An Illinois meat processing plant, the Chicago Meat Authority Inc. (“CMA”), and the U.S. Equal Employment Opportunity Commission (EEOC) recently agreed to settle a three-year-old lawsuit filed in an Illinois federal court. The agency claimed that CMA had a recurring practice where it bypassed Black job applicants for almost a decade and subjected Black employees to racial slurs and harassment.
In U.S. Equal Employment Opportunity Commission v. Chicago Meat Authority, Inc., 1:18-cv-01357, filed in the U.S. District Court for the Northern District of Illinois, Angelo Turner and several other employees alleged that CMA engaged in discrimination and retaliation. The EEOC issued letters to CMA in July 2017 stating that its investigation yielded sufficient reason to believe that CMA had subjected its African American employees to racial harassment over an extended period.
CMA agreed to pay over $1.1 million into a settlement fund and impose policy changes. Consent decrees are settlements between parties where neither party admits liability. In the three-year consent decree, Chicago Meat Authority continues to deny the discrimination allegations.
The $1.1 million settlement fund constitutes compensatory damages and back wages for black job applicants who applied for jobs at CMA since January 2012 but were not hired and for four CMA workers who alleged racial harassment.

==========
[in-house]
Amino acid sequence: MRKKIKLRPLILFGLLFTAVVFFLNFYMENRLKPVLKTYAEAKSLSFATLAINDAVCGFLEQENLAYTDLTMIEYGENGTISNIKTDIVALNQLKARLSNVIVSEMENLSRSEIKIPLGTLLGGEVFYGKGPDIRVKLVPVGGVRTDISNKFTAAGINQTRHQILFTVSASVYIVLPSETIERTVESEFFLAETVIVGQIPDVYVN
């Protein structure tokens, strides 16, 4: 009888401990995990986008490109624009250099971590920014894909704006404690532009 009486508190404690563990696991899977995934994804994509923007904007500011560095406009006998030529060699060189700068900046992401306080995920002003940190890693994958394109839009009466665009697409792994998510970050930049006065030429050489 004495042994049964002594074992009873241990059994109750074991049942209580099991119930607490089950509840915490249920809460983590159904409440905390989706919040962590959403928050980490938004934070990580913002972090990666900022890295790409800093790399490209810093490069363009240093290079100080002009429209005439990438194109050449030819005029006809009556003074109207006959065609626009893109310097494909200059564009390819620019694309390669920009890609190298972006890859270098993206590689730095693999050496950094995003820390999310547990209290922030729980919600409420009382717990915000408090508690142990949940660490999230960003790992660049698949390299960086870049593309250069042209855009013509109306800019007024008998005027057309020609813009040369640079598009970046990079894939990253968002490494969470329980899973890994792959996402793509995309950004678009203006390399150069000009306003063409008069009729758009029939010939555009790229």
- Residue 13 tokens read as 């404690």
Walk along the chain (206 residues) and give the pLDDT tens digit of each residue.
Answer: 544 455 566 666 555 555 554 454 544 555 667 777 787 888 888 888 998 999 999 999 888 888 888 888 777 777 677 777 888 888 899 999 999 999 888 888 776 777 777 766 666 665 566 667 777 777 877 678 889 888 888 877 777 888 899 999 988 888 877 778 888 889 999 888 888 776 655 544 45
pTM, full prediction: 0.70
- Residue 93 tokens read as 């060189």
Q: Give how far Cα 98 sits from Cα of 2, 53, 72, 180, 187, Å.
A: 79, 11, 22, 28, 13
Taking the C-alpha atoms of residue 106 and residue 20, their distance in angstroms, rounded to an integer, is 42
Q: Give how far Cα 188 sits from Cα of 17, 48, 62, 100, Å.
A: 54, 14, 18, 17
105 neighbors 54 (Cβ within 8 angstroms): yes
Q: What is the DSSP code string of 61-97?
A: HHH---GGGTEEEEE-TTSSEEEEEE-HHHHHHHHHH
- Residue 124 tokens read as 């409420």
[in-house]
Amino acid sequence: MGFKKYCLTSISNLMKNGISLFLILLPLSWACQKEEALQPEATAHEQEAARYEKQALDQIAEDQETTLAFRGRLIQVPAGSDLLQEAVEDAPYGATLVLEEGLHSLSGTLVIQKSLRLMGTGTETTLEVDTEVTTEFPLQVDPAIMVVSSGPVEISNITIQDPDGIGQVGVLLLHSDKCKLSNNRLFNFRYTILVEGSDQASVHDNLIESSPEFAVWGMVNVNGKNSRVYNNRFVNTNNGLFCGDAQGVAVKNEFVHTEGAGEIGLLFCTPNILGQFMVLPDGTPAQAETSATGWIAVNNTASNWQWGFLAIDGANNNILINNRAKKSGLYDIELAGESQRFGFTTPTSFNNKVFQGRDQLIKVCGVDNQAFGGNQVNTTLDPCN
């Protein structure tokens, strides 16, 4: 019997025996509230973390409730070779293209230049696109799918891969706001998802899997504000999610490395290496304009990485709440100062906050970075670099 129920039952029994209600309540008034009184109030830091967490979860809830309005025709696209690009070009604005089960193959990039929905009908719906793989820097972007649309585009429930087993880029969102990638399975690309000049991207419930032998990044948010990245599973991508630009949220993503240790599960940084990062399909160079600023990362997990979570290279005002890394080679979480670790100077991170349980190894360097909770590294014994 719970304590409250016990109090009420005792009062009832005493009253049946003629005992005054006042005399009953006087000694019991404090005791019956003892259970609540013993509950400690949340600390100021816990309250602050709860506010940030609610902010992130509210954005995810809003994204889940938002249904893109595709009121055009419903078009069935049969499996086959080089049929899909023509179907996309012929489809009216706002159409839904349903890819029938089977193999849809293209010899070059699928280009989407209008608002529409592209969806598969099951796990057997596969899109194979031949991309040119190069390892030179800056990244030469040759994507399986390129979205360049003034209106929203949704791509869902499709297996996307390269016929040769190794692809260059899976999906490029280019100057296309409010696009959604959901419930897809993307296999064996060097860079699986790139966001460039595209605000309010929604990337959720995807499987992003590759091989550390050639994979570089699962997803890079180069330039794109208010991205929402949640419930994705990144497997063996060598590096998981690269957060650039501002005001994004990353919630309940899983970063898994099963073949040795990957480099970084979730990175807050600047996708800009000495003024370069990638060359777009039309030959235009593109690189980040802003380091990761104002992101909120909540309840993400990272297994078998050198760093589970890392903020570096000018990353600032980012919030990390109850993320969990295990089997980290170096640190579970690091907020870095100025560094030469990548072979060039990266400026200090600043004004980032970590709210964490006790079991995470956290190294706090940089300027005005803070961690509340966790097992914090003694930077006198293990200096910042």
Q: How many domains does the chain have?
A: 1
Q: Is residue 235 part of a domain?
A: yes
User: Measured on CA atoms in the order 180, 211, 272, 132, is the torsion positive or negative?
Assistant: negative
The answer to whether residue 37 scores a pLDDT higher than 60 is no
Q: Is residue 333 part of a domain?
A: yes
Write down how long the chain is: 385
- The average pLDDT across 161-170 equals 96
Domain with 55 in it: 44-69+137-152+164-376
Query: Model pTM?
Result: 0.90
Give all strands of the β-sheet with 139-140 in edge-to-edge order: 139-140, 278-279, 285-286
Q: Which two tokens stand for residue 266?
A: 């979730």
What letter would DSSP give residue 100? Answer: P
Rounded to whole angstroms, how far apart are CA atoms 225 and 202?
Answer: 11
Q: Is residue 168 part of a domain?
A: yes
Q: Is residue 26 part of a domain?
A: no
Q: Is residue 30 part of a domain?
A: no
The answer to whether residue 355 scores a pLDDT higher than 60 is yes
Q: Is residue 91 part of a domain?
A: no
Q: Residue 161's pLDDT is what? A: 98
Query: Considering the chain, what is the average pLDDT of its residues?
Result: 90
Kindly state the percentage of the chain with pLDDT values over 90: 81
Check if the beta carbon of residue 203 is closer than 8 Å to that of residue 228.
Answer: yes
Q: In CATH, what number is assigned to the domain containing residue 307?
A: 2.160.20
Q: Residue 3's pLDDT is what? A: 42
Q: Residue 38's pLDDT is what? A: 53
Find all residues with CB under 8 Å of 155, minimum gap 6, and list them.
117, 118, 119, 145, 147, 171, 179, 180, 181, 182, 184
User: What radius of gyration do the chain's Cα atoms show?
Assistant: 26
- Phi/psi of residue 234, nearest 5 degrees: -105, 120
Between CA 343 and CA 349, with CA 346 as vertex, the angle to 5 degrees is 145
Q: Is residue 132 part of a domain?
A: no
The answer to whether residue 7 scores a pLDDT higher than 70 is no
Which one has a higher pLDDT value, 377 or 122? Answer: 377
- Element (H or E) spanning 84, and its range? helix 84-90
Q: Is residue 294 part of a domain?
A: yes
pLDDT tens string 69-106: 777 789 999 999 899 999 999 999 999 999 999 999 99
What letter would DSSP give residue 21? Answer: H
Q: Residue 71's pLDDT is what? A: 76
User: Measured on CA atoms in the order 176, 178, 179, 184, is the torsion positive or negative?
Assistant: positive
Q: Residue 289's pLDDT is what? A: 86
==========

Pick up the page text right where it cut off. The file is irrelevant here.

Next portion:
The settlement also unilaterally prohibits race-based discrimination, harassment, and retaliation, and it requires the company to prioritize hiring black applicants who weren’t hired in the past but still want employment at CMA. CMA must also adhere as closely as possible to ensuring that half of its new hires are African American.
Additionally, CMA must create anti-discrimination training for its employees and management. It must also implement a new process for internally investigating discrimination claims. The consent decree also directs that CMA sets up a hotline so employees and prospective job applicants may report race-based discrimination, harassment, and retaliation confidentially.
Finally, the settlement requires CMA to expunge any records showing it fired ex-employee Angelo Turner. The EEOC claimed its investigation led it to believe that CMA fired Turner based on his race and in retaliation for filing a discrimination charge with the agency.
In a press release, CMA president Jordan Dorfman characterized the deal as a “business decision to settle the case, without any admission of improper practices.” “Though it may seem that settling this case was somehow an admission of fault, nothing could be further from the truth,” the statement added. “This does not mean that as an employer we haven’t learned from this experience or had cause to evaluate what we can do better.”
EEOC Chair Charlotte A. Burrows said in a statement that “this resolution is a reminder of the urgency of the EEOC’s work to combat systemic racial discrimination and harassment. I am pleased that Chicago Meat Authority is working to address past wrongs and prevent future discrimination.”
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